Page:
Brood Boxes and Supers
With your boxes exposed to the elements, wet, hot, and dry weather causes the wood to expand and contract. However, the knot will not! In time, it will work itself loose, and now you have an unwanted hole in the box. This will allow wasps, ants and robbing, not to mention making it easy for woodpeckers and mice to find your hive. Refuse knotted wood!

Splits
Look closely at the wood. Unfortunately, some suppliers might try to hide the thin cracks and splits by turning the wood around and strapping them together in a bundle. It is only when you cut the straps that the true condition of the wood is revealed! As a beginner, you may not appreciate just how badly this portends for the long term. Again, boxes exposed to the elements expand and contract. As water enters the crack, it will widen in time. A crack soaked with water, then frozen in winter weather, will expand by 40 percent! This will increase the crack, harbouring mould and providing an open invitation for insects to house in the wood. The life of your beehive is greatly reduced–but your “discount” supplier will not tell you this.

Warped Wood
When shopping for hive parts, this is a real problem. If you’re new to beekeeping you’ll likely blame your carpentry skills when the parts aren’t fitting together. Once you force a warped board into another the stress will cause the wood to split, and the box will not hold up over time, while again allowing free entry to wasps, ants, spiders, woodlice, etc within your hive!

Time is Against You!
It is very important to get the box parts glued and nailed as soon as possible, to lock in the form before the wood begins to move or bend. When you get your flat-packed hive parts, you have around 72 hours to nail them together to be certain no warping will occur. Natural untreated wood carries an ever changing level of moisture. Depending on the temperature and humidity at the production factory, that water content will be initially stable during its life as a raw wooden board. However, once the wood is shipped to you and you put it in a centrally heated room, it can begin to dry out too rapidly, leading to twisting and warping. 

You may notice that the supplier will double strap the super/brood box, hive stand, etc. This is to keep it all together for shipping, and help reduce the warping and movement of the wood. The wood undergoes quite a climate change from milling to packaged product, and if the wood has knots, splits, or soft grain, it will significantly increase the chances of it warping. It could be that the supplier made them in a cold wet warehouse, stored them in a mildly dry cool unit, and then shipped them from there to you.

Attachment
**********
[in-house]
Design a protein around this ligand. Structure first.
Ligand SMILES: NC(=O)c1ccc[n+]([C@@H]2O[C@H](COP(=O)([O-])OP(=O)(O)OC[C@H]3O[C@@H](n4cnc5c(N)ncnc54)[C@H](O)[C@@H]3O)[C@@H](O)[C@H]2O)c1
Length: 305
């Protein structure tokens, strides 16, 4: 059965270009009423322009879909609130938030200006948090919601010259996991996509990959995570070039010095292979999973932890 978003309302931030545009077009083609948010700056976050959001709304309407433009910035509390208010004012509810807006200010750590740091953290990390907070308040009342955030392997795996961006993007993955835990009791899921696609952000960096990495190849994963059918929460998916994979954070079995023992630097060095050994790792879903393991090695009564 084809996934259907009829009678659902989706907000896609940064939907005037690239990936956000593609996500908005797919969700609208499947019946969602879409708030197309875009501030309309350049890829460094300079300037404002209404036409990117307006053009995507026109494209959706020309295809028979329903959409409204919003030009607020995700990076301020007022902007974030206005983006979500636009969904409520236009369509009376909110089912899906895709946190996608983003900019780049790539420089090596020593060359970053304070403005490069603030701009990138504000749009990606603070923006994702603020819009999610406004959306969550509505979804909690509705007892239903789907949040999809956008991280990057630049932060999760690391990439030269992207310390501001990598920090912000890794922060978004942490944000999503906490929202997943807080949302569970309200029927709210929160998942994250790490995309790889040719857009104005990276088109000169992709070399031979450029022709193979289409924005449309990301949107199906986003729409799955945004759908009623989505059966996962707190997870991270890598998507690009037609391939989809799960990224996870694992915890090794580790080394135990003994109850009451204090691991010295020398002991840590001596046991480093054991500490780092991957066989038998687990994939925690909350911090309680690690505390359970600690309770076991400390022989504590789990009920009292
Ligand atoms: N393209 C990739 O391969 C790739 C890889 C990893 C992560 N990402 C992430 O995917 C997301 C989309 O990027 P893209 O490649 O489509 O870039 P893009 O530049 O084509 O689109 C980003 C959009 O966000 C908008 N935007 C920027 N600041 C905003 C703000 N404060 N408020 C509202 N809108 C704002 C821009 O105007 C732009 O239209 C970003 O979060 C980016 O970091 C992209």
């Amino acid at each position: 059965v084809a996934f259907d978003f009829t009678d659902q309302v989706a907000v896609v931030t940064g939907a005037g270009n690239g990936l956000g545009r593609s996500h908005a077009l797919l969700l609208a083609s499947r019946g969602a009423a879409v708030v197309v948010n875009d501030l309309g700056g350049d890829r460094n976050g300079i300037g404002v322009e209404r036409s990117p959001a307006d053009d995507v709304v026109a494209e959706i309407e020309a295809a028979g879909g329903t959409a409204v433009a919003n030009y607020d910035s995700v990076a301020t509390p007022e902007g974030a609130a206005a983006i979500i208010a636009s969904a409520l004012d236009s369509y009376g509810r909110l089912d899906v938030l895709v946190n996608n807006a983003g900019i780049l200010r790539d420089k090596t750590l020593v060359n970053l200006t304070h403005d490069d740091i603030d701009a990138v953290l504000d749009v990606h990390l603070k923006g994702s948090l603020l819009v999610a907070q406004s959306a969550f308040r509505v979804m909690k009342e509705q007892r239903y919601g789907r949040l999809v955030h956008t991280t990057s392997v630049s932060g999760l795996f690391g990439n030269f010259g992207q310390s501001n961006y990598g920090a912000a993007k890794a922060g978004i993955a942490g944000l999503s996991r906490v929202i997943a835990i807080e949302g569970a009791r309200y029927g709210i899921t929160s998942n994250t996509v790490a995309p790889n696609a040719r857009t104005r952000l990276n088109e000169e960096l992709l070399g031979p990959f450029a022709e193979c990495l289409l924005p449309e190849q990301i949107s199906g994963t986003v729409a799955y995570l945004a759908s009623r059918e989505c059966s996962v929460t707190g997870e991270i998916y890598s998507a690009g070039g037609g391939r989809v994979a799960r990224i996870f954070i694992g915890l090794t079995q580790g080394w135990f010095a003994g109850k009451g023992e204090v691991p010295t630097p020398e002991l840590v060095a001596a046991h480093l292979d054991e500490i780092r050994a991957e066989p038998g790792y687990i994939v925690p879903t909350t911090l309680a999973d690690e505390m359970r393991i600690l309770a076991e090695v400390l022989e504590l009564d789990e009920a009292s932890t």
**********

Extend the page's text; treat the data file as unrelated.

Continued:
Many of you will be thinking, “Hang on… Cedar Wood does not warp…”  Unfortunately, we have lost so many boxes in the early years that were made of cedar. They simply could not withstand hard daily use. If you use a hive tool to separate the boxes, and just slightly miss the join between the boxes, your hive tool will gouge and splinter the wood. If we should inadvertently drop a full super on the ground too hard, or knock the edge onto another super stack, the bottom edge splits away. Cedar just does not have the resilience that deal or pine has. We got so to tired of nailing bits back onto cedar hives, we got rid of them and now only use deal. We have deal hives from the 1930s still in operation today. The supplier will try and get you to believe that the great benefit of cedar is that they weigh less. This is true, but cedar’s relative lack of resilience makes it more suitable for a cabinet or shelving rather than a workable beehive.

Twenty years ago, it was the norm to get what we call today “first quality” hive parts. In those days, it was not highlighted since it was the expected basic hive quality. Only a small percentage of hobbyist beekeepers with great carpenter skills chose the “second quality.” Professional beekeepers would not waste their time on anything less than perfect, clean-lined wood parts. They understood the importance of a sound hive. Recently, with the surge in beekeeping interest, and so many new hobbyists trying their luck at beekeeping, the suppliers have seen an opportunity to pass on substandard hive equipment to those who do not know any better. Beginners, having little knowledge of what they should expect, are being taken for a ride. After all, to a “newbie,” all flat-packed supers look the same!

EBAY & Amazon – Good or Bad?
As little as five years ago, there were scarcely any hive parts on either Ebay or Amazon. Now the choices are overwhelming! Many of these items come from countries outside the UK, or even outside of the EU. What’s wrong with that, you say? Plenty!

A square box looks good in the photo, since the price is cheap. As a beginner, you are eager to start and perhaps short of money. So, you shop around, and as most hive parts look the same, you opt for the cheapest ones. Only after they arrive and you compare them with your friend’s beehive do the little drawbacks first appear. 

I have seen a major increase of beehive parts coming out of Eastern Europe, some good, many bad. Very few if any other countries outside the UK use the British Standard hive. But there is a market for it, so they do their best to copy what they think is correct. When you come to interchange those parts the problems becomes painfully clear. They might not line up properly, too big, too small, the inner dimensions of the box does not have the correct bee space, so your bees place brace comb everywhere. This will only become apparent once you use them on a working colony. The worst time to find out!